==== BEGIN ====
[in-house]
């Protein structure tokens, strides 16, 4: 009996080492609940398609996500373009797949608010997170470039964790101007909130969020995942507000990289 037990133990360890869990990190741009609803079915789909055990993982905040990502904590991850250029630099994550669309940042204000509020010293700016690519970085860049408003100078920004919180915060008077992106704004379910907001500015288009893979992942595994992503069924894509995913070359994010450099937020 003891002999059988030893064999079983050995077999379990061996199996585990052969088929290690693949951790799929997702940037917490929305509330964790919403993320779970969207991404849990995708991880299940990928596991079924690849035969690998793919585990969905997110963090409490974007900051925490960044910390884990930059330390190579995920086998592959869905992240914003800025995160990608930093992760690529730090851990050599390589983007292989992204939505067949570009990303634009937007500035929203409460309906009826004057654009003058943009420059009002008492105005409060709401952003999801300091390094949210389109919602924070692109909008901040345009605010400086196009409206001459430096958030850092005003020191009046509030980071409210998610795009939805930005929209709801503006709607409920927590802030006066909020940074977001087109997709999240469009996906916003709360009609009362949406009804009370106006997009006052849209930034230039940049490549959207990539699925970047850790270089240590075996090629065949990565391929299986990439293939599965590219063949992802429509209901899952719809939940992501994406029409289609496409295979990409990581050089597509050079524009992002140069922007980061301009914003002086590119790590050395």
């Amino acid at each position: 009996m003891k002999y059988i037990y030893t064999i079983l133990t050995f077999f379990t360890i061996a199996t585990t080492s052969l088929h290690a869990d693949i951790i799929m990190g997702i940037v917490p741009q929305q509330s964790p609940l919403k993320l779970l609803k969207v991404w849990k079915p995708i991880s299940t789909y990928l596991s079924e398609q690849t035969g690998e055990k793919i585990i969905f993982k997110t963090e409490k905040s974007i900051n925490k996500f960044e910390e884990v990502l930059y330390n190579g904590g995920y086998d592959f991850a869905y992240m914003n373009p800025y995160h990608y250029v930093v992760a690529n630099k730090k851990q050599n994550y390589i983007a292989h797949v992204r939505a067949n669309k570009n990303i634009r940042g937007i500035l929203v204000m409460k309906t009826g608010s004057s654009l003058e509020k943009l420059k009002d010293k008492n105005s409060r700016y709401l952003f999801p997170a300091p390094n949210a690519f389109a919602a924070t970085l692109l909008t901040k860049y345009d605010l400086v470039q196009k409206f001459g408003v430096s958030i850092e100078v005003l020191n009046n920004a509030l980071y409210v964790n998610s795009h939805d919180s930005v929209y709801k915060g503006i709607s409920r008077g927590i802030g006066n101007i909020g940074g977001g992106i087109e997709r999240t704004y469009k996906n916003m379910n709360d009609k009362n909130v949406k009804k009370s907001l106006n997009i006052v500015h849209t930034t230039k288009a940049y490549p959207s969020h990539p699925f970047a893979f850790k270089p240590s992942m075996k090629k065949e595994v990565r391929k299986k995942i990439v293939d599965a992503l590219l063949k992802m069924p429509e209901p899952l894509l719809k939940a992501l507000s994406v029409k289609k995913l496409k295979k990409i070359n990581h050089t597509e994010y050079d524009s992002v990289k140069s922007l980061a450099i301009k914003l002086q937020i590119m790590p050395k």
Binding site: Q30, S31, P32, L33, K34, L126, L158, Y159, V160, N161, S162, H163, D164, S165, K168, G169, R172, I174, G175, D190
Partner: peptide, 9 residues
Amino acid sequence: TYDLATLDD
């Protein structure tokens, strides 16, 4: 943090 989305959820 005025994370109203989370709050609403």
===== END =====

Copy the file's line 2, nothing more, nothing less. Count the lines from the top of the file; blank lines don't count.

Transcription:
């Protein structure tokens, strides 16, 4: 009996080492609940398609996500373009797949608010997170470039964790101007909130969020995942507000990289 037990133990360890869990990190741009609803079915789909055990993982905040990502904590991850250029630099994550669309940042204000509020010293700016690519970085860049408003100078920004919180915060008077992106704004379910907001500015288009893979992942595994992503069924894509995913070359994010450099937020 003891002999059988030893064999079983050995077999379990061996199996585990052969088929290690693949951790799929997702940037917490929305509330964790919403993320779970969207991404849990995708991880299940990928596991079924690849035969690998793919585990969905997110963090409490974007900051925490960044910390884990930059330390190579995920086998592959869905992240914003800025995160990608930093992760690529730090851990050599390589983007292989992204939505067949570009990303634009937007500035929203409460309906009826004057654009003058943009420059009002008492105005409060709401952003999801300091390094949210389109919602924070692109909008901040345009605010400086196009409206001459430096958030850092005003020191009046509030980071409210998610795009939805930005929209709801503006709607409920927590802030006066909020940074977001087109997709999240469009996906916003709360009609009362949406009804009370106006997009006052849209930034230039940049490549959207990539699925970047850790270089240590075996090629065949990565391929299986990439293939599965590219063949992802429509209901899952719809939940992501994406029409289609496409295979990409990581050089597509050079524009992002140069922007980061301009914003002086590119790590050395």